As the 2017 All-Star break wound down on the morning of July 13, the insurgent Milwaukee Brewers ruled the NL Central by 5.5 games. Against expectations, the Brewers were in a position to buy at the deadline, and had already been linked to a handful of top pitching targets.
That very day, the Cubs went out and got the biggest target of all. Jose Quintana made his way to the north side in an unexpected deal that pried some of the last remaining jewels from what was recently one of the top farm systems in baseball. Disinterested in losing Josh Hader to land Quintana, Brewers GM David Stearns set his sights significantly lower and zeroed in on another left-handed pitcher, whom he then acquired hours after Quintana crossed town. The terms of the deal were these: In exchange for 26-year-old minor league first baseman Garrett Cooper, the Brewers received 26-year-old Yankee reliever Tyler Webb, who had tallied all of six innings at the major league level.
On the surface, this was a swap of AAA over-performers who were buried on their respective depth charts. Webb had set the pitcher-friendly International League ablaze with a 1.38 DRA in 33.3 innings for the Scranton/Wilkes-Barre RailRiders; Cooper was riding a .329 TAv in the hitter-friendly PCL for Colorado Springs. The Yankees had a glaring need at first base and a vaunted bullpen. Half of the Brewers’ opening day relief corps (Neftali Feliz, Tommy Milone, Jhan Marinez, and Taylor Jungmann) had already pitched their way out of town and the Thames/Aguilar timeshare at first was in full, powerful swing. Both teams likely hoped to catch lightning in a bottle and wring some productivity out of a pair of players from the fringe.
From Cooper, the Yankees received 45 plate appearances of .326/.333/.488 ball that translated to a .276 TAv and all of 0.1 WARP. Cooper was later traded (along with five-minute-Brewer Caleb Smith of the 2016 Rule 5 Draft) to the Miami Marlins in exchange for international slot money and a low-level pitching prospect.
The Brewers, whose position in the standings started to slide as soon as the second half opened, let Webb into just two big league games. He gave up three hits and a run in each of these.
Early returns suggest that this could be the sort of deal with such imperceptible effects on the franchises involved that nobody will ever remember it happening. Webb offers the Brewers a chance for something more, though. Gaze beyond his shaky eight-inning sample of big league work, and he looks the part of a serviceable bullpen piece.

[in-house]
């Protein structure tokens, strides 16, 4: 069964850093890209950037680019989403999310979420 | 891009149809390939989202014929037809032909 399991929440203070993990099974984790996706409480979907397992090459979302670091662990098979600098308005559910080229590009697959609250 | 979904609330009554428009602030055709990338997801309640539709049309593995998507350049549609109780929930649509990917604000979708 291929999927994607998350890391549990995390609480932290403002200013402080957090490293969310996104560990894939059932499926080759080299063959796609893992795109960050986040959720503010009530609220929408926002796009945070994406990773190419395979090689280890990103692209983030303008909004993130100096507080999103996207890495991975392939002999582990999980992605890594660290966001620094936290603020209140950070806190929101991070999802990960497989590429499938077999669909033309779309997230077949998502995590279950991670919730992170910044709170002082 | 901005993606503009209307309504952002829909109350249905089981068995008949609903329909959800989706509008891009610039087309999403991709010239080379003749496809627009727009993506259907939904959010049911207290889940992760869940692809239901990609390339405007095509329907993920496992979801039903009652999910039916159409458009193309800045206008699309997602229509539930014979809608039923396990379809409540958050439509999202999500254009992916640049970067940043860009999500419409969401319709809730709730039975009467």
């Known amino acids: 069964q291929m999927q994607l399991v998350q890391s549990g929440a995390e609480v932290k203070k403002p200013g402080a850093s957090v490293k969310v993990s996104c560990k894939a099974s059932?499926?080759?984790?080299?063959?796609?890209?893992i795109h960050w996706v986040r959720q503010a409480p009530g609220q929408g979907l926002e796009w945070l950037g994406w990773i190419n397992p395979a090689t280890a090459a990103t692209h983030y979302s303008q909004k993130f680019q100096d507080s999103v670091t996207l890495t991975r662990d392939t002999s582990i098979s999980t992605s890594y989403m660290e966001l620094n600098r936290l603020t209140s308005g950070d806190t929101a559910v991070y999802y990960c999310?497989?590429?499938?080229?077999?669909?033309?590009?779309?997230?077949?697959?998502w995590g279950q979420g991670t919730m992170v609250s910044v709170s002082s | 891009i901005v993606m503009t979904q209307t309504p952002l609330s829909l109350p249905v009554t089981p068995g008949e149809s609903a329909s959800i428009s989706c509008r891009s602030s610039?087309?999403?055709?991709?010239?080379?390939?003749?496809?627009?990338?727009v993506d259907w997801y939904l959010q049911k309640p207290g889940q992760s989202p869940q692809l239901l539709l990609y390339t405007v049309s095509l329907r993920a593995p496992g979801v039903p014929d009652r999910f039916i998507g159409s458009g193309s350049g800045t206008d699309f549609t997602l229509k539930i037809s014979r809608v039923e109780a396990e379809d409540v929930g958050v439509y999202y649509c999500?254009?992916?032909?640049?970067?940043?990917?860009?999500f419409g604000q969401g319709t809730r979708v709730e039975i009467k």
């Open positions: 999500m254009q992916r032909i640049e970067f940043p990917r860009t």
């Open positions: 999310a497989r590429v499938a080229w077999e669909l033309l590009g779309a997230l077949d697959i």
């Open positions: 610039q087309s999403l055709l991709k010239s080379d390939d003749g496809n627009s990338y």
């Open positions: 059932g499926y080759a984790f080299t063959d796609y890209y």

Webb relies on a four seam fastball to set the table, opting to let it rip for two pitches out of every three. It’s a competent offering, featuring decent rise and middling run. Webb’s command of his fastball is average. Lots of things about Webb are average. The heater zips in around 90-92 mph, with a Statcast-measured average perceived velocity of 91.82 mph. That puts Webb squarely in the middle of the pack among lefties.
There are two secondary pitches in Webb’s arsenal. The first is a 82 mph slider that the six-foot-five lefty threw once for every five of his big league pitches. It, too, is an average pitch. But Webb starts to separate himself with his changeup, which didn’t show well during his 2017 cup of coffee but has been known to dominate hitters in the upper minors. The change dives to the plate at around 81 mph, and in theory gives Webb a tool that could allow him to retire right-handed batters and move beyond a specialist role.
It’s nice to watch Webb throw. He has fluid arm action and repeats his delivery well, unleashing all three of his pitches from the same slot and release point. In the major leagues, Webb induced grounders on 43.5 percent of his balls allowed in play. But his minor league work was stronger, including a 57.1% mark in the thin air of Colorado Springs. He also knows how to miss bats, fanning eight in eight innings in the bigs and 11.2 per every nine innings of minor league work. He may not replicate his 4.45 K:BB ratio in the minors, but it’s not hard to imagine that number settling into the mid-3s with more major league experience.
The profile is intriguing enough that Webb was selected by the Pittsburgh Pirates in the 2016 Rule 5 Draft. Though he was eventually returned to New York, he still has two minor league options and a good chance to produce some surplus value towards the back of the major league bullpen. He’ll battle fellow former Rule 5 pick Wei-Chung Wang for a lefty specialist spot in spring training, and will likely accumulate frequent flyer miles between Milwaukee and Colorado next season. By the end of 2018, he could carve out a steady role retiring lefties or pitching in low-to-mid-leverage innings. Not a bad return for 45 plate appearances of Garrett Cooper.
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